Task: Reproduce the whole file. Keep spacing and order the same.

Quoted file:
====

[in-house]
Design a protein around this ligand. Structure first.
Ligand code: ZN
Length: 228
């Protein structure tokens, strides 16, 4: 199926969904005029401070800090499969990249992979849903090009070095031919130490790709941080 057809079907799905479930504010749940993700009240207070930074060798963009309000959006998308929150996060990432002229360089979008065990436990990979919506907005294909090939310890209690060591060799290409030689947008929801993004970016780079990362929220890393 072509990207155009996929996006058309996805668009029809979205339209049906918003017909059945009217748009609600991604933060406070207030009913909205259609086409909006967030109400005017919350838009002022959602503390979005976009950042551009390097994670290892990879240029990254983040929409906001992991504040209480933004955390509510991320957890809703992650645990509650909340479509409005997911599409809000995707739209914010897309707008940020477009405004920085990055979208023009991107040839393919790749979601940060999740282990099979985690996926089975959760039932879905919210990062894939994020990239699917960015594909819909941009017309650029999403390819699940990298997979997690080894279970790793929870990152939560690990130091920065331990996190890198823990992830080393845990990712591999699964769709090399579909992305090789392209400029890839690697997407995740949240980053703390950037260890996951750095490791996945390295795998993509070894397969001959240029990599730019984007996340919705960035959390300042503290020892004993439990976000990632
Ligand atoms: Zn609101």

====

[in-house]
Design a protein around this ligand. Structure first.
Ligand code: ZN
Length: 228
């Protein structure tokens, strides 16, 4: 199926969904005029401070800090499969990249992979849903090009070095031919130490790709941080 057809079907799905479930504010749940993700009240207070930074060798963009309000959006998308929150996060990432002229360089979008065990436990990979919506907005294909090939310890209690060591060799290409030689947008929801993004970016780079990362929220890393 072509990207155009996929996006058309996805668009029809979205339209049906918003017909059945009217748009609600991604933060406070207030009913909205259609086409909006967030109400005017919350838009002022959602503390979005976009950042551009390097994670290892990879240029990254983040929409906001992991504040209480933004955390509510991320957890809703992650645990509650909340479509409005997911599409809000995707739209914010897309707008940020477009405004920085990055979208023009991107040839393919790749979601940060999740282990099979985690996926089975959760039932879905919210990062894939994020990239699917960015594909819909941009017309650029999403390819699940990298997979997690080894279970790793929870990152939560690990130091920065331990996190890198823990992830080393845990990712591999699964769709090399579909992305090789392209400029890839690697997407995740949240980053703390950037260890996951750095490791996945390295795998993509070894397969001959240029990599730019984007996340919705960035959390300042503290020892004993439990976000990632
Ligand atoms: Zn609101």